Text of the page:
The competitive environment, industry and workforce structure interact to create a specific context in which HRM adds competitive advantages (Cornelius 2001, p. 302). c) Organisation-specific (unique) Dollinger (1999, pp. 56 et seq. ) uses the resource-based theory of sustainable competitive advantage to posit that intellectual and human resources are sets of attributes (i. e. the knowledge, training and experience of a firms employees), and that they can provide the firm with sustainable competitive advantages. The firm must control the resources, and they must satisfy one or more of the following criteria: Valuable |They allow the exploitation of a market opportunity | |Rare |Rivals cannot also have access to these resources | |Hard to copy |Rivals cannot simply duplicate or emulate the resources held | |Non-substitutable |No suitable substitutes for the resources held |
Competitive advantages are best realised when the sets of attributes (e. g. of each individual employee) are strategically integrated in a manner that creates synergy (Wood et al. 2001, p. 6). This synergy is difficult for competitors to identify and duplicate because of the social complexity of individual organisations. 5. 0Validation of SHRM: Case studies of successful firms 1 SAP (Australia) • Annual employee conference where everyone participates in developing the Company’s vision and strategy; • Staff and managers jointly compile business plans; Staff and management jointly manage performance evaluations; and • Bonuses linked to ‘rated’ customer satisfaction system; (Davidson and Griffin 2000, p. 471) 2 Delta Airlines (USA) • HRM is a primary activity; • Human resources are viewed as a core competency for competitiveness; • HRM managers have “access to the top job” (i. e. CEO); and • HR system correlates with resource-based theory of SCA (i. e. VRHN). (Swiercz and Spencer in Southey and Lewis 2000, p. 93) 3 Pepsi-Cola International Adopts a common values approach to HRM, to enhance competitiveness; • Has a multinational vocabulary that unites staff from different cultures and countries; and • Has identified 11 success factors for performance measurement and management. (Schuler and Huselid in Southey and Lewis 2000, p. 158) 4 Apple Computer (USA, Europe, Pacific) • Adopted a growth/prospector/high-tech strategy for HRM; •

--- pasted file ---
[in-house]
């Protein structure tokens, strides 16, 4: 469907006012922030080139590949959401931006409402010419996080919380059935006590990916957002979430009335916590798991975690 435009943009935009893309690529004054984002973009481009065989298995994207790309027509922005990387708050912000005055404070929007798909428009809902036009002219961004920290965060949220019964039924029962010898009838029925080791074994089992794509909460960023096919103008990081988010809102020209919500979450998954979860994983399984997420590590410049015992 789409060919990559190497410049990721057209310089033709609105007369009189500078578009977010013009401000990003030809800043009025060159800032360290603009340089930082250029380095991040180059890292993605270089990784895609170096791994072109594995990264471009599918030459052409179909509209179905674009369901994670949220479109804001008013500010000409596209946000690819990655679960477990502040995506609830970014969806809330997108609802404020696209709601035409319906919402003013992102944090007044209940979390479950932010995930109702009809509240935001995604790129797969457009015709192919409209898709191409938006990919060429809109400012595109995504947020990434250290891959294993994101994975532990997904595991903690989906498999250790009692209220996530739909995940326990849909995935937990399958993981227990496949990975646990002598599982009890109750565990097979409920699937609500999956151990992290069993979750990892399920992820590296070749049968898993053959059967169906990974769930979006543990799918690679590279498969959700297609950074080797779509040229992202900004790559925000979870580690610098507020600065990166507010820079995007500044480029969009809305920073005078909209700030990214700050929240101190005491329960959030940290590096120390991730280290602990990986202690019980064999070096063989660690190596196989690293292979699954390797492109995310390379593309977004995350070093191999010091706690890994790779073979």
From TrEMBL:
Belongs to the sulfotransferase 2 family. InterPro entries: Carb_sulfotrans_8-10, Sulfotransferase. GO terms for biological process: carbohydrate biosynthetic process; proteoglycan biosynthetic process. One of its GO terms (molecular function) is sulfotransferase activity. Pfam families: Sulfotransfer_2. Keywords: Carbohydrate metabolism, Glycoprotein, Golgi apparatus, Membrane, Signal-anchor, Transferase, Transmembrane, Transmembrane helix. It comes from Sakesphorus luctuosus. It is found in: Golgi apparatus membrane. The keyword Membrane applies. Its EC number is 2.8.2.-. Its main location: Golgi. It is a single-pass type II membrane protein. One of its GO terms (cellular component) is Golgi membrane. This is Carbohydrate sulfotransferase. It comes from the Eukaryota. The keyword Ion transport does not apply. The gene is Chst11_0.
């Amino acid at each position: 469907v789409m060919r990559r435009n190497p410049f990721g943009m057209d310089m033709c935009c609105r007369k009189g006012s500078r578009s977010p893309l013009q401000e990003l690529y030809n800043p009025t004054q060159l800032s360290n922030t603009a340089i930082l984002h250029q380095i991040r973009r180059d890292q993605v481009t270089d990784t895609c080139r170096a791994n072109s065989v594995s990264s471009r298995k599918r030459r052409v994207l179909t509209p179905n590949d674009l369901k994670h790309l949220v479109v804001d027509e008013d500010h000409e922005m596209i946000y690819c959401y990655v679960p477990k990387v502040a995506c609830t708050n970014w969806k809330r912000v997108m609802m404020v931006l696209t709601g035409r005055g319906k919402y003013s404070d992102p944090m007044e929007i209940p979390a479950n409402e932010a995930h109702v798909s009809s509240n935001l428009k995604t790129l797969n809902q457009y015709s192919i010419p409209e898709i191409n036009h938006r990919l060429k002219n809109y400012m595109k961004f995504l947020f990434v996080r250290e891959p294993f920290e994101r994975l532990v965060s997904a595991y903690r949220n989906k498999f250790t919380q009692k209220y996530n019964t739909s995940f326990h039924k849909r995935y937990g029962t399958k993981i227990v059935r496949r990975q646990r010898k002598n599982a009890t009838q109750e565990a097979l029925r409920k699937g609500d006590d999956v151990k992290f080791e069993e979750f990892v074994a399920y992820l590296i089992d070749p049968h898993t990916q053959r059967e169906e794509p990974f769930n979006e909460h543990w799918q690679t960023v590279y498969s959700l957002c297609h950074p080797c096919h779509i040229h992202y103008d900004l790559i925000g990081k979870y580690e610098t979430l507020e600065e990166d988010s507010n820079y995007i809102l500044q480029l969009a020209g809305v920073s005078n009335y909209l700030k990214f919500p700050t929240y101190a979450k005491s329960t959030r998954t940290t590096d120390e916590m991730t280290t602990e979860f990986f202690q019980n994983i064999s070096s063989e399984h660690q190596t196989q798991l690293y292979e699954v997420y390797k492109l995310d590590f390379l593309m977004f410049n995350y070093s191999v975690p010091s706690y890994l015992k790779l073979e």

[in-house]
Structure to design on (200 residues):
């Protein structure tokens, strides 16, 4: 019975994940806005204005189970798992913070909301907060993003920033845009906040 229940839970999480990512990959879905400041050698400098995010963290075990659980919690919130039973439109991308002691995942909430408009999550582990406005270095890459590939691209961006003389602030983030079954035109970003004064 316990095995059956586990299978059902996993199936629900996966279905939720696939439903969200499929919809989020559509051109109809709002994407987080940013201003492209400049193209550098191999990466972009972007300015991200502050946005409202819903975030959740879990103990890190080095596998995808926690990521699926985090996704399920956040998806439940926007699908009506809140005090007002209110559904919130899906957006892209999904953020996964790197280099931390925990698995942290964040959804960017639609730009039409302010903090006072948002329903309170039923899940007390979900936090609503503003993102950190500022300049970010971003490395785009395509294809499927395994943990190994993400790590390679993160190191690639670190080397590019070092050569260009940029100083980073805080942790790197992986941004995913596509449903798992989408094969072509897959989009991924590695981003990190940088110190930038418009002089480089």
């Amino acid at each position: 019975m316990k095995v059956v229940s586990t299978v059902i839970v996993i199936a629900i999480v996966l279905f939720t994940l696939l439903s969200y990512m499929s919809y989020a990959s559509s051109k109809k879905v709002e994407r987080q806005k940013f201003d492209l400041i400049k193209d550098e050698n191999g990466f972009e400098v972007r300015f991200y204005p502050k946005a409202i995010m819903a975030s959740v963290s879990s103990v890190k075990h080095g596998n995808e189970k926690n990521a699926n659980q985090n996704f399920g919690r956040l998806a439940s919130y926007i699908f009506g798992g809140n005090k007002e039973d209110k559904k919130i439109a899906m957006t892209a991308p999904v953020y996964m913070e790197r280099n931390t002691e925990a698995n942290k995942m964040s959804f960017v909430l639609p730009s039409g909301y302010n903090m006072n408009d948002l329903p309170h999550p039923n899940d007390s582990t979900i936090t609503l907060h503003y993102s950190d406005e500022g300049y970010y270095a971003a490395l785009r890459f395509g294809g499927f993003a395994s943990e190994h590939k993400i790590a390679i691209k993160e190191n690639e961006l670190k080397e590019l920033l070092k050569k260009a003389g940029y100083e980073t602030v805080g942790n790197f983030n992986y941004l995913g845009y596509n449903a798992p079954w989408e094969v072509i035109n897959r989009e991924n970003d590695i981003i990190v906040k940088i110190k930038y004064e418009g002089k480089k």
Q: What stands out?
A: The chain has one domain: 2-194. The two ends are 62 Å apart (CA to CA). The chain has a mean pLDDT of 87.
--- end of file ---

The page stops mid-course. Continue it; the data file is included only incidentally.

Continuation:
Facilitated rapid HR growth by “fattening” corporate structure to create opportunities while simultaneously maintaining innovative spirit; and • Removed original founders in the best interest of the Co. nd its strategies. (Anthony, Perrewe and Kacmar in Southey and Lewis 2000, p. 120) 6. 0Conclusion Organisations can realise significant benefits by adopting a strategic approach to HRM (i. e. an approach that closely interfaces with the broader strategies of the organisation). This entails developing and implementing HR policies and practices that help to achieve organisational objectives, as compared to the traditional routines of personnel management. The policies and practices must be: • constant enough to instill confidence in the employees; and flexible enough to contribute and adapt to changing organisational priorities and strategic directions.